(e) urge that the process of facilitated conversations continue to be used at significant points in the formulation and consideration of the draft legislation.

The motion (as amended) was carried with 319 votes in favour, 84 against and 22 recorded abstentions.

———

Early on the Bishop of Willesden presented his ‘cunning’ plan. Jeremy Fletcher, on his blog, well summarised what he had to say.

Pete Broadbent has a ‘cunning plan’ (which he tried out on people last night). Have an enlarged Steering Committee – made up of pressure groups and those of no allegiance. It should have a ‘facilitated discussion’ and come up with something which the whole group can put its name to. No provision for a minority report. All or nothing. Forgo the use of a Revision Committee – that’s where it failed last time. Come straight to a Revision Stage in full Synod. That would make the moral authority of what comes to Synod much more powerful – all groupings would have had their say already. Warm and prolonged applause.

20
Leave a Reply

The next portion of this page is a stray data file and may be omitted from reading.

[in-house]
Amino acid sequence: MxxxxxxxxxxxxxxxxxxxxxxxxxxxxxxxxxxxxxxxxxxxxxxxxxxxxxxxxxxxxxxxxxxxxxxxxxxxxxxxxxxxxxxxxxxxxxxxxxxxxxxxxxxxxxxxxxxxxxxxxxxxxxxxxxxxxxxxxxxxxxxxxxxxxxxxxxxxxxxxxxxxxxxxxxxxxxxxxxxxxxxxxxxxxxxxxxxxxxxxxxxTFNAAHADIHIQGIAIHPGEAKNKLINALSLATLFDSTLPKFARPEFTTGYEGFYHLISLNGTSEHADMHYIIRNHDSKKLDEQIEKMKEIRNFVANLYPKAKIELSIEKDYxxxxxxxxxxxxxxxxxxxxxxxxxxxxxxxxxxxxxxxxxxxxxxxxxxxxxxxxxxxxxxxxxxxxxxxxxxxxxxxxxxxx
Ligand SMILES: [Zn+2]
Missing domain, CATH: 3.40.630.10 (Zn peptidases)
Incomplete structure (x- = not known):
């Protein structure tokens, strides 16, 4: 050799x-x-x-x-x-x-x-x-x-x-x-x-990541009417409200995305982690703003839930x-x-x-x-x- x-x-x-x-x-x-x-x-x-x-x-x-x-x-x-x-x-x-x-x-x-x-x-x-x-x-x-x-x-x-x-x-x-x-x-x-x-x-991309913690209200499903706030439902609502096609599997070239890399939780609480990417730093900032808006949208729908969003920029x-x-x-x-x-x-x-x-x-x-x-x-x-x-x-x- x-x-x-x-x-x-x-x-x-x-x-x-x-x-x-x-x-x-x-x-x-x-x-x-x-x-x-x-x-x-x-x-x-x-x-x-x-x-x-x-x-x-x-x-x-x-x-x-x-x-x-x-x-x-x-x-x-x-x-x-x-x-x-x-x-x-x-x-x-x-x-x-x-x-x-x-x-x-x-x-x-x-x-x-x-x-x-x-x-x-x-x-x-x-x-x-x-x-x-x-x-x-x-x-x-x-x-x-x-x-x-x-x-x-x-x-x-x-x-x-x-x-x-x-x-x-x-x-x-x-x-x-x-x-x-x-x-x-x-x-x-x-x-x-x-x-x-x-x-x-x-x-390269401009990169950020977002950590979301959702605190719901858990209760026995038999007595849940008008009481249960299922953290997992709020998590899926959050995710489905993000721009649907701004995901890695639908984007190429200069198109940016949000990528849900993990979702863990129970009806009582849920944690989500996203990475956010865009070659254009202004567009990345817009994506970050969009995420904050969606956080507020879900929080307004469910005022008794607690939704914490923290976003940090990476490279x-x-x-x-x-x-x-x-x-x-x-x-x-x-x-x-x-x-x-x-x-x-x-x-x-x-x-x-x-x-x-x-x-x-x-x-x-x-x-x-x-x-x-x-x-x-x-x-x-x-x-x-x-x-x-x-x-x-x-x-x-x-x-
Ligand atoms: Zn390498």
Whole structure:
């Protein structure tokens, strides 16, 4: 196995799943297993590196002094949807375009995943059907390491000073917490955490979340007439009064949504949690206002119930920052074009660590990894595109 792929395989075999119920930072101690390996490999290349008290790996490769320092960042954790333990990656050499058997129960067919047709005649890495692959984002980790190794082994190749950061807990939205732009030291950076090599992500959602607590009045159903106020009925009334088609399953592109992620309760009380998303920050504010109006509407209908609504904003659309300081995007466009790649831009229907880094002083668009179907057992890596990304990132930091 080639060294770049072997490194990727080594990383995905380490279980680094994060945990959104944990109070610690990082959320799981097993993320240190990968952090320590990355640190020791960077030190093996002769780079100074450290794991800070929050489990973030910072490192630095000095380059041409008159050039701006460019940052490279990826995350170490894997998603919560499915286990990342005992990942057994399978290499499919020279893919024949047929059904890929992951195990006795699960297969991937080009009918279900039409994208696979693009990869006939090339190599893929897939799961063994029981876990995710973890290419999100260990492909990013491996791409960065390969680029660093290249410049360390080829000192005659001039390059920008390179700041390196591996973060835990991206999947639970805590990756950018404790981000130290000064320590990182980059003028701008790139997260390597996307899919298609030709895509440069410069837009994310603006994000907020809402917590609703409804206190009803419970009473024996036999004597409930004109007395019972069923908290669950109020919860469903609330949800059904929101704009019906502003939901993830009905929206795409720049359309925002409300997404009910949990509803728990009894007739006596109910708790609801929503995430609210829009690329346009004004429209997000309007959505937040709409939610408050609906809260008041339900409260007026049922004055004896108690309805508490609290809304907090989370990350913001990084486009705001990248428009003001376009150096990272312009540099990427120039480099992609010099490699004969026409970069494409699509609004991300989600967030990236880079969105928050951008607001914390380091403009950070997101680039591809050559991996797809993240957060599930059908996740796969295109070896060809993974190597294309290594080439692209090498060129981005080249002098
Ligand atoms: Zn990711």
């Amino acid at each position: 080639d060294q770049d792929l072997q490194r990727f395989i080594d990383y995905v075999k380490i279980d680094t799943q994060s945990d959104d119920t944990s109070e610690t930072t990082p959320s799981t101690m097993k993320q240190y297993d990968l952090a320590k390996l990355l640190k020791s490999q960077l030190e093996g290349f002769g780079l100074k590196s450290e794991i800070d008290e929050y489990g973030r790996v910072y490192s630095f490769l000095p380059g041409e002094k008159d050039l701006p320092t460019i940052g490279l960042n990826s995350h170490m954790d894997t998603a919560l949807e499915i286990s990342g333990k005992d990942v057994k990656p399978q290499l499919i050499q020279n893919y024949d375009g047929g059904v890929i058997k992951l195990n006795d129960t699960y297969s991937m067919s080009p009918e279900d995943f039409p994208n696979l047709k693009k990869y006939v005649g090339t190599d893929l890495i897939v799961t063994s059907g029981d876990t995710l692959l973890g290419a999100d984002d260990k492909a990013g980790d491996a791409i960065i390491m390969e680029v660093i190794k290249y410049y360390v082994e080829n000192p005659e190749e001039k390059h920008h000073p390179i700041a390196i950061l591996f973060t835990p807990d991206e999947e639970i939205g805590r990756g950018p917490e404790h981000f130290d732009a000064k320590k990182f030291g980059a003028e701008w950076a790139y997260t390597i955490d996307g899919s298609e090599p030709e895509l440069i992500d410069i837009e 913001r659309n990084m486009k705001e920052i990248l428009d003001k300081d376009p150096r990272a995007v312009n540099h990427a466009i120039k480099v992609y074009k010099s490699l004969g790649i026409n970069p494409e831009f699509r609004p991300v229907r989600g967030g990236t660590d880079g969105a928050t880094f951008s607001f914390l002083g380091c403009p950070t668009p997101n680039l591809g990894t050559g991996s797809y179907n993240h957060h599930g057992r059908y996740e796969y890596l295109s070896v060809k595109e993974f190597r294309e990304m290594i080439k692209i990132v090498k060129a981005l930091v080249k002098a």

avatar
3000
20 Comment threads
0 Thread replies
0 Followers
 
Most reacted comment
Hottest comment thread
15 Comment authors
Simon SarmientoPrimroseleaguekoreantrooperStephen MorganAlastair Newman Recent comment authors
  Subscribe  
newest oldest
Notify of
Simon Kershaw
Guest

It’s worth noting already that in the votes for different options, none of them was defeated by a 2/3 majority in all three Houses. The amendment to go with Option 2 gained more than 25% of the HoB and about 48% of the HoL.

If these votes are any indication of the mood of Synod they are not exactly a ringing endorsement of the Option One proposal.

We’ll soon see what support the proposal as amended gets.

primroseleague
Guest
primroseleague

The more I see of this the more I suspect the Bishop of Willesden has got the right approach nailed. Also, having read his blog, where’s he’s going with the draft London plan for a post legislation future is also something I (as a FiF sympathiser but not member) could wholeheartedly support. I rather suspect that we need to get representatives of WATCH, FiF, AffCath, Reform, AM, MCU, GRAS etc (plus of course any other interested party whom I may have missed), empowered by their various councils to negotiate, then lock the lot of them in a room with the… Read more »